Law Firms

New Pa. Bar Ethics Opinion – Obligations of Lawyers Working Remotely

The Pennsylvania Bar Association Committee on Legal Ethics and Professional Responsibility today issued Formal Opinion 2020-300 – Ethical Obligations of Attorneys Working Remotely. The Opinion is intended to provide global guidance to attorneys working from home, not only during the COVID-19 pandemic, but also for those who will work remotely even after the situation returns to “normal.” I am a Vice Chair of and the incoming Chair of the PBA Committee and a contributor to the Opinion. Click here to read the Pa. Bar Association Formal Opinion.

The Opinion provides an ethical analysis of the obligations of attorneys and their staff about how to best comply with their obligation to preserve client confidentiality. In the Introduction, the Opinion states:

“At a minimum, when working remotely, attorneys and their staff have an obligation under the Rules of Professional Conduct to take reasonable precautions to assure that:

  • “All communications, including telephone calls, text messages, email, and video conferencing are conducted in a manner that minimizes the risk of inadvertent disclosure of confidential information;
  • Information transmitted through the Internet is done in a manner that ensures the confidentiality of client communications and other sensitive data;
  • Their remote workspaces are designed to prevent the disclosure of confidential information in both paper and electronic form;
  • Proper procedures are used to secure and backup confidential data stored on electronic devices and in the cloud;
  • Any remotely working staff are educated about and have the resources to make their work compliant with the Rules of Professional Conduct; and,
  • Appropriate forms of data security are used.

This Opinion adopts conclusions from the American Bar Association’s Formal Opinion 477R and provides practical – use-it-now – suggestions for how attorneys can adopt best practices.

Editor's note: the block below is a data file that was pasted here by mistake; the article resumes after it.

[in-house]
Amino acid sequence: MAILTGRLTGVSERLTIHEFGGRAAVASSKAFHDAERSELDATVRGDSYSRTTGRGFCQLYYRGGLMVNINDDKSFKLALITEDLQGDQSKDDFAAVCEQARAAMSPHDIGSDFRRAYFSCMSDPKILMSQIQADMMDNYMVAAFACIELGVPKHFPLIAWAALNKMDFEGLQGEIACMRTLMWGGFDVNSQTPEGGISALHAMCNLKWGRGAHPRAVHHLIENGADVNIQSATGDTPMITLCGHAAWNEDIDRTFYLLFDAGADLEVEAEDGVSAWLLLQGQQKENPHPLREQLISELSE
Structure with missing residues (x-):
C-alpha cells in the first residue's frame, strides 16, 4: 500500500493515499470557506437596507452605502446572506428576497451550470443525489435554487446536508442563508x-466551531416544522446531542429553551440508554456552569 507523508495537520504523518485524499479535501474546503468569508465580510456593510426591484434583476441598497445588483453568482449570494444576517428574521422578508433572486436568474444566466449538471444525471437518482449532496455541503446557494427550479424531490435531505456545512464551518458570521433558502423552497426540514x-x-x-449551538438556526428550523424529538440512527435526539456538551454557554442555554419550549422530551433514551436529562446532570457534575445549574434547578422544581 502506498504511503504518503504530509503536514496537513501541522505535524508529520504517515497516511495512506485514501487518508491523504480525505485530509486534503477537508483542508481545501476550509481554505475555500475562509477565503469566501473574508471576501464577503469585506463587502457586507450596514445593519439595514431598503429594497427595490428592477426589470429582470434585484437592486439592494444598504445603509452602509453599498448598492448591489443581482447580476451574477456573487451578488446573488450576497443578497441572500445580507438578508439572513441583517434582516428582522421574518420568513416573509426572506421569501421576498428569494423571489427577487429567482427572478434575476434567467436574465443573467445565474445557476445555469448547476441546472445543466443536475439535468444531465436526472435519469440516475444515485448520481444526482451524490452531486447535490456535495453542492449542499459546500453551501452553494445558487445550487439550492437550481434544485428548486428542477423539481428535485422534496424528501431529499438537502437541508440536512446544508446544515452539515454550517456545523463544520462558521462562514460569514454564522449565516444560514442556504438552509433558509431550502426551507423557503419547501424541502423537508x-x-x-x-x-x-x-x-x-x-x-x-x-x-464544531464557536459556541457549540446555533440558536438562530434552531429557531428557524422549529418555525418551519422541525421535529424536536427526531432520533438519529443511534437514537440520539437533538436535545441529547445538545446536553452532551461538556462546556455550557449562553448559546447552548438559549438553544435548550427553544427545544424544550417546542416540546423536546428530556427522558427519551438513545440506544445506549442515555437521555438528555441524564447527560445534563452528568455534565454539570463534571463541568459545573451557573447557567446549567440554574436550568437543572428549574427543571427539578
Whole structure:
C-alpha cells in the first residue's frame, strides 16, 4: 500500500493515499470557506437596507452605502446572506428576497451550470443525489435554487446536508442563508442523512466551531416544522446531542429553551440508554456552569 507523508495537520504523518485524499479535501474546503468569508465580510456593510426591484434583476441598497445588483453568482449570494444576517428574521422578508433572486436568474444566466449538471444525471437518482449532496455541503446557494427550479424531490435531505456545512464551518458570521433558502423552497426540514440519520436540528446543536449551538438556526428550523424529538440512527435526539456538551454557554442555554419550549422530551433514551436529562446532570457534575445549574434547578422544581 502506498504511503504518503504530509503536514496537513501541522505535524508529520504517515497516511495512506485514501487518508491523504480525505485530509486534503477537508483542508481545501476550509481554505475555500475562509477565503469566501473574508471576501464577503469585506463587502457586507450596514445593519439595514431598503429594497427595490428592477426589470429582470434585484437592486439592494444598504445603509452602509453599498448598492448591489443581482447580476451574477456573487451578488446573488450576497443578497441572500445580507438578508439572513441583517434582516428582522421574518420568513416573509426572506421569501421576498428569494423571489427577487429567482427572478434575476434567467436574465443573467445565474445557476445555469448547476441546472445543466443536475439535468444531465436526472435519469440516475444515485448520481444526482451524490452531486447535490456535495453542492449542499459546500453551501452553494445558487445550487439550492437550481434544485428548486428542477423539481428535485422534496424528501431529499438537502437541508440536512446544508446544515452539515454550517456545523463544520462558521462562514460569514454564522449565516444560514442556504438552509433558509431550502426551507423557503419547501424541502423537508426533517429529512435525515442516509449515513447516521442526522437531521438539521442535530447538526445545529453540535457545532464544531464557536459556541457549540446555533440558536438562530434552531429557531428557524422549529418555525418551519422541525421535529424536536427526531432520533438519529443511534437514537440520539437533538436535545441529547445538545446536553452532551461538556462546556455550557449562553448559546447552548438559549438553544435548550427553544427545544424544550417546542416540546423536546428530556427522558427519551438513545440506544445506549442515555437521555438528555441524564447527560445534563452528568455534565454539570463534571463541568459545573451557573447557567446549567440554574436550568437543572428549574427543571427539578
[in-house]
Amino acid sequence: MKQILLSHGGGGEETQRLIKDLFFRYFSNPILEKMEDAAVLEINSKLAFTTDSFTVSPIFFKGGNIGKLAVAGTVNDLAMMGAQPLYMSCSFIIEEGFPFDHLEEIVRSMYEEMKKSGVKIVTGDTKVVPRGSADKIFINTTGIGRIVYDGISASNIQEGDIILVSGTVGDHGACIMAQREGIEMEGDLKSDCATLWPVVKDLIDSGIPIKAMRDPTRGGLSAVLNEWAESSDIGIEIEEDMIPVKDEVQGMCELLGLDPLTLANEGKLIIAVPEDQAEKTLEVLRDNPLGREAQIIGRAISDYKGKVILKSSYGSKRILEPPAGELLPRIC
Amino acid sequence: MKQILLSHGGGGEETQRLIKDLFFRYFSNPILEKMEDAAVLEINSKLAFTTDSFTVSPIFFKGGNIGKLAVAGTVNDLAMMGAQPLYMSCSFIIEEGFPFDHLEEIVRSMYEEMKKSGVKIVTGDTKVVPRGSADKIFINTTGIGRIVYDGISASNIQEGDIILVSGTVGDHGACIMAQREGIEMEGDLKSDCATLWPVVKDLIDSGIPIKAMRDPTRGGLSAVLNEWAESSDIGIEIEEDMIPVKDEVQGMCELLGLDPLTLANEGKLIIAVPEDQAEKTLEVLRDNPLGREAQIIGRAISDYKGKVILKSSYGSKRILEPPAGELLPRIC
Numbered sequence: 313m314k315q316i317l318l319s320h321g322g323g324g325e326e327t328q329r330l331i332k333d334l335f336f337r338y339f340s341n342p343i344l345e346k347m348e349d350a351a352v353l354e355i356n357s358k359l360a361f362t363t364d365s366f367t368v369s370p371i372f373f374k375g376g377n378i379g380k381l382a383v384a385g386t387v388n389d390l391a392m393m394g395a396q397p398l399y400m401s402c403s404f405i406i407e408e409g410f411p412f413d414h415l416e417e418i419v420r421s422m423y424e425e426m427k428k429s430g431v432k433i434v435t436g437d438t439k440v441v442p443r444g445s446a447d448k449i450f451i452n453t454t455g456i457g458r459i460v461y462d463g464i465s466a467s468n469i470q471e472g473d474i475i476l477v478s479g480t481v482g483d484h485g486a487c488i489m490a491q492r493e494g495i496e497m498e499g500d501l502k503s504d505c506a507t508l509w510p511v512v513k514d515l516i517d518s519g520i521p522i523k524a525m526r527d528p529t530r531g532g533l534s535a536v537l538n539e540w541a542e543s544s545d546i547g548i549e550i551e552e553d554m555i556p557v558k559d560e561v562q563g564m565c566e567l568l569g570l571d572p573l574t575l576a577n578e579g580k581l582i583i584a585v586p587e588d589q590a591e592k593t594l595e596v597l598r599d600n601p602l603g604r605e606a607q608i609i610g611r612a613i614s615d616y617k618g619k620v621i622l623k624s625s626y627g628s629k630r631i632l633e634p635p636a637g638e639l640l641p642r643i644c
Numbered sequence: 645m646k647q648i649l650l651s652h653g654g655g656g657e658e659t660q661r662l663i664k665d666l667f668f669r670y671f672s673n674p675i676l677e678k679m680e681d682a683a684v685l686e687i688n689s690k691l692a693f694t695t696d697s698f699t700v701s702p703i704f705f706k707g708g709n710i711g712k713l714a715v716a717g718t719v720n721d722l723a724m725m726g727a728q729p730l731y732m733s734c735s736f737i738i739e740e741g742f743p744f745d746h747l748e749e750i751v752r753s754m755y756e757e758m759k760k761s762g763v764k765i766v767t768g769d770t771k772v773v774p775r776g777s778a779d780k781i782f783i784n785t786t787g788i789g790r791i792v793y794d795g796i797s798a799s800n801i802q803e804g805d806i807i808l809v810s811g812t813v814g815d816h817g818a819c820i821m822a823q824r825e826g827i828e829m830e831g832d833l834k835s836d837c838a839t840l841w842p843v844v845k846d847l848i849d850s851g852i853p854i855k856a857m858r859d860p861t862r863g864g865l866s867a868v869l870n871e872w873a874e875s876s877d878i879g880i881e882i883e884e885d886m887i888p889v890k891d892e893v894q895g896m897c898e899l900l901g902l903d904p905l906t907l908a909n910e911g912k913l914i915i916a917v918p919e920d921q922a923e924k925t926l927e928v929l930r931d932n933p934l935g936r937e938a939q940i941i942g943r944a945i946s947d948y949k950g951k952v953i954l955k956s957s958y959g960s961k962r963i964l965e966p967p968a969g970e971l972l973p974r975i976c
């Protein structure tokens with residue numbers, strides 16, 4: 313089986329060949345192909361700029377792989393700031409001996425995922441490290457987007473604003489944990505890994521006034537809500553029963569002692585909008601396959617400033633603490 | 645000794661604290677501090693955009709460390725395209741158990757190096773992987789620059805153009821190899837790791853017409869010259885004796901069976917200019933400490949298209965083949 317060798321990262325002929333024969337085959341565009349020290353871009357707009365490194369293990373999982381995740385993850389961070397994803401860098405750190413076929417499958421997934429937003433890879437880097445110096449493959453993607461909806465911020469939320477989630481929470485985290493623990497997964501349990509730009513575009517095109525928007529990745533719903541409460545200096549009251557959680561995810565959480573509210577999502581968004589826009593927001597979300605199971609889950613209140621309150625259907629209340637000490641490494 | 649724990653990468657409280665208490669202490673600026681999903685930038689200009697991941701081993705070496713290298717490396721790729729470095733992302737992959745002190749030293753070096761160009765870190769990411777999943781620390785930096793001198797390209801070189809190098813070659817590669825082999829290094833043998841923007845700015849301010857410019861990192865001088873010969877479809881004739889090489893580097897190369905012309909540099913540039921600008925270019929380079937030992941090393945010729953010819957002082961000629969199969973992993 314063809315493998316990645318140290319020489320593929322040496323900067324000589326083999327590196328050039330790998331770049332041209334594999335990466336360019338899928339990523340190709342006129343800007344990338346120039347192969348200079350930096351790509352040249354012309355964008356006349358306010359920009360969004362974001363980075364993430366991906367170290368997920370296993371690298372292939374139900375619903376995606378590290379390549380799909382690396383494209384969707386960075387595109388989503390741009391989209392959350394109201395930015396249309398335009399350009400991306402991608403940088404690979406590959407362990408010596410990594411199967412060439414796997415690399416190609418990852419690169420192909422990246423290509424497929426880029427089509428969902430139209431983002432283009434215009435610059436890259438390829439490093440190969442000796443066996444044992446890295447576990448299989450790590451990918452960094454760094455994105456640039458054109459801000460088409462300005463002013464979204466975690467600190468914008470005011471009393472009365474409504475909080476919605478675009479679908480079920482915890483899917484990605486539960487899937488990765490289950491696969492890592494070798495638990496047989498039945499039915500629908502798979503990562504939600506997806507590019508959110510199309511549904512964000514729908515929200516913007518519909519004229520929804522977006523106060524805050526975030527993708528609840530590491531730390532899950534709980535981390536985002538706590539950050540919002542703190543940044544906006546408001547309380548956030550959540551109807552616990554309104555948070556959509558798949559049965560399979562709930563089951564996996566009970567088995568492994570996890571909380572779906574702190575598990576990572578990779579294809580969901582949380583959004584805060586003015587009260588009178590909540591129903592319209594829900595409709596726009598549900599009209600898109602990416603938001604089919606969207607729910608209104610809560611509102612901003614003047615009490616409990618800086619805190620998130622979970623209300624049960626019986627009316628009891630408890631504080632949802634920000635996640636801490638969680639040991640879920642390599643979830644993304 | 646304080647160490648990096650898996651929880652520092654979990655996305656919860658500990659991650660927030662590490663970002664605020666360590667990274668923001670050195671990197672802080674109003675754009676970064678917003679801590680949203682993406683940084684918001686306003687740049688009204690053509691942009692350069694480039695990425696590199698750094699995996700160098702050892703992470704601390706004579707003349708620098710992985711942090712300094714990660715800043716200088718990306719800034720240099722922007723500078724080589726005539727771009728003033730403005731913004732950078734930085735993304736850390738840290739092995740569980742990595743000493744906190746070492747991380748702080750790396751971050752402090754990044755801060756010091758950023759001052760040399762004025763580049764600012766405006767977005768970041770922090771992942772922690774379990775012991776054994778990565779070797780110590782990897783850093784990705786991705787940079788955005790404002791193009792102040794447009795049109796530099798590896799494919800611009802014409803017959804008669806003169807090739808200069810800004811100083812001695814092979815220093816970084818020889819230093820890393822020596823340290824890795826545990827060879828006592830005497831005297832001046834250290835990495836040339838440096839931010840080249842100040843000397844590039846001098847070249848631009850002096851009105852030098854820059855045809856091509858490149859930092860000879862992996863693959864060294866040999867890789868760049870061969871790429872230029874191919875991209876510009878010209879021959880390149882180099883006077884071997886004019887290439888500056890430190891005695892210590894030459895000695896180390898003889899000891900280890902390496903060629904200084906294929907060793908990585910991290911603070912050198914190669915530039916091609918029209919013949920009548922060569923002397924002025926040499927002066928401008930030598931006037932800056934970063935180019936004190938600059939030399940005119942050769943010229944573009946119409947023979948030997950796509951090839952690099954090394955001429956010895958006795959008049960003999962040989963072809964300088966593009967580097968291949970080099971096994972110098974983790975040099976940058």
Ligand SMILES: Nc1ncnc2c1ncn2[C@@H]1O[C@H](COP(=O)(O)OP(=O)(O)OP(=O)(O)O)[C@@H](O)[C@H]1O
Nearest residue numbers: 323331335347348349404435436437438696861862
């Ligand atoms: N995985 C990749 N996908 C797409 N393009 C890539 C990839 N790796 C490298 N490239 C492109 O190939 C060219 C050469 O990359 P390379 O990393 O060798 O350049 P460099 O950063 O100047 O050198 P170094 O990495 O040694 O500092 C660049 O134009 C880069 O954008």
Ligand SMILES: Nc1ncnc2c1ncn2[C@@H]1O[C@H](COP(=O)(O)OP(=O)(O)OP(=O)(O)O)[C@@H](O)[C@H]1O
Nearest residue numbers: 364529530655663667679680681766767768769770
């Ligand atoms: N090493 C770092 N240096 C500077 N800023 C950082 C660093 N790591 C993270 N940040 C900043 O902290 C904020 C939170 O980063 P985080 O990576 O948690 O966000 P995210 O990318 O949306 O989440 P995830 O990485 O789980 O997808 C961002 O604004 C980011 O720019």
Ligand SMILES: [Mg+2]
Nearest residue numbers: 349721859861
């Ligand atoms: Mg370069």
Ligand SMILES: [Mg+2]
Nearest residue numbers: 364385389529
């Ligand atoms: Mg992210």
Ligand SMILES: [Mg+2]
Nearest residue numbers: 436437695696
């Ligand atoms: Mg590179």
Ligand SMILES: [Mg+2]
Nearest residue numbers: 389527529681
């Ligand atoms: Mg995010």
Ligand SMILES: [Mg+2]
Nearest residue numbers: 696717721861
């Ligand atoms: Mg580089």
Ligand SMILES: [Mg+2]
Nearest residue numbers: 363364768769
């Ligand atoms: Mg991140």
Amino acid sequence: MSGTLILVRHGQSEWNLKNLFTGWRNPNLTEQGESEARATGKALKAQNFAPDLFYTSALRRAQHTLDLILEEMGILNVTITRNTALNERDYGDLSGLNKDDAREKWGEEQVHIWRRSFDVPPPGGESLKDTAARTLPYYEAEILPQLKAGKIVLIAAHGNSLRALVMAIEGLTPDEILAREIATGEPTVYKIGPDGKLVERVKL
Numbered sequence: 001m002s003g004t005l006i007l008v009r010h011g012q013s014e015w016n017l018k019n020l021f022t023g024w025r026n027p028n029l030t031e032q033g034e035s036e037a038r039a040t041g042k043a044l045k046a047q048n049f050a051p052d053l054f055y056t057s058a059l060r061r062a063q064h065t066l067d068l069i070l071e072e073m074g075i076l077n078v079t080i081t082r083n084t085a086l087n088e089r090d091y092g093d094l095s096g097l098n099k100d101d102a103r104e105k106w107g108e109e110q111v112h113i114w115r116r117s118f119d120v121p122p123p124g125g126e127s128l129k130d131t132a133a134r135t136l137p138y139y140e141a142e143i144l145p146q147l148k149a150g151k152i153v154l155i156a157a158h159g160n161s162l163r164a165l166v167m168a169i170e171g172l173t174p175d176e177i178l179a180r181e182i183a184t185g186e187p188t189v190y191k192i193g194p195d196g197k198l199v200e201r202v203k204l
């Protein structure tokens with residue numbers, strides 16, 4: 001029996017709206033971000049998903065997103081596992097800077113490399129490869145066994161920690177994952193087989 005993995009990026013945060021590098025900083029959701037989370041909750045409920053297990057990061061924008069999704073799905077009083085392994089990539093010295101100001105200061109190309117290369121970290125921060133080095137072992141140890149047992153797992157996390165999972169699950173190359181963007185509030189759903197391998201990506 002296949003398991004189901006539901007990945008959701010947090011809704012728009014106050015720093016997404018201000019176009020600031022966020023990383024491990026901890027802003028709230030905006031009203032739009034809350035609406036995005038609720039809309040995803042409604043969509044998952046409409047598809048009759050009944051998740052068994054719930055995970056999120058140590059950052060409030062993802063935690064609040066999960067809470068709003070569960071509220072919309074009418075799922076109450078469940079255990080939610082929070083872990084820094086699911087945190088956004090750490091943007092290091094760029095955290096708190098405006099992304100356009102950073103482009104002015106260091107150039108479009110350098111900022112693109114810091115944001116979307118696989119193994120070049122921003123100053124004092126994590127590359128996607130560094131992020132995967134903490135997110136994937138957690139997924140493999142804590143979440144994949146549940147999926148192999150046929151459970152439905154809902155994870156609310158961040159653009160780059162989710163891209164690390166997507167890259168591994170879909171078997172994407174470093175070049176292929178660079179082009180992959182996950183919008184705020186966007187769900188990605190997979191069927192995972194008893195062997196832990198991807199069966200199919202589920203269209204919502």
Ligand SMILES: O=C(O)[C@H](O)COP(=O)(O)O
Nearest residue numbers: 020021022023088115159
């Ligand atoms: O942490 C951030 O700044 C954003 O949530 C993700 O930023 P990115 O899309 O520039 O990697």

My law firm, Law Offices of Daniel J. Siegel, LLC, and my consulting firm, Integrated Technology Services, LLC, provide techno-ethical guidance to attorneys about the issues addressed in the Opinion, and I have been writing and lecturing about these topics for more than a decade.

If you are a lawyer or firm administrator and need guidance on the ethical and/or the technological issues confronting attorneys and staff working remotely, contact Dan Siegel, Christa High or Pam Myers; we are the pioneers of techno-ethics and are here to help you.

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Influencers of the Law – They Aren’t All in Large Firms

Today’s Philadelphia Inquirer has an entire section devoted to advertising for, oops, I meant highlighting the achievements of large law firms. Called “Influencers of the Law,” the section focuses on the accomplishments of many large law firms in the Philadelphia area. It also includes (not inexpensive) advertisements for 15 of the firms whose attorneys are featured in the section.

But there was something missing, a big something.

That something was a list of attorneys who practice in solo and small firms whose efforts on behalf of their clients are as admirable and worthy of recognition as the attorneys the Inquirer chose to feature. I could name a dozen such attorneys off the top of my head, whose omission is inexplicable. Because it’s not just the large firms who cases influence the law.

Consider our two-attorney firm. In the past year, for example, we were counsel in two landmark Pennsylvania Supreme Court cases – Protz and Bristol – both of which will have a dramatic impact on future claims for countless injured workers and persons injured in auto accidents. In addition, we are counsel in three pending Supreme Court cases – which are likely to have a similar impact. But like our counterparts in other small injured victim-focused firms, the Inquirer chose to ignore us. Click here to view a summary of some of our cases that changed the law.

Protz, for example, has been called the most important Pennsylvania workers’ compensation case since 1983. In the case, the Pennsylvania Supreme Court ruled that the Pennsylvania Workers’ Compensation Act’s impairment rating examination violated the Pennsylvania Constitution. By declaring this provision unconstitutional, the Supreme Court invalidated the arbitrary 500-week limit on wage losses that reduced the rights of the overwhelming majority of injured workers.

In Bristol, the Pennsylvania Supreme extended the deadline (statute of limitations) for filing claims by underinsured motorists. Before this decision, the deadline for filing these claims was dramatically and arbitrarily limited. This is a game-changing case and one where lawyers have commented how Attorney Dan Siegel’s oral argument made a difference.  Click here to view Dan Siegel’s oral argument before the Pennsylvania Supreme Court.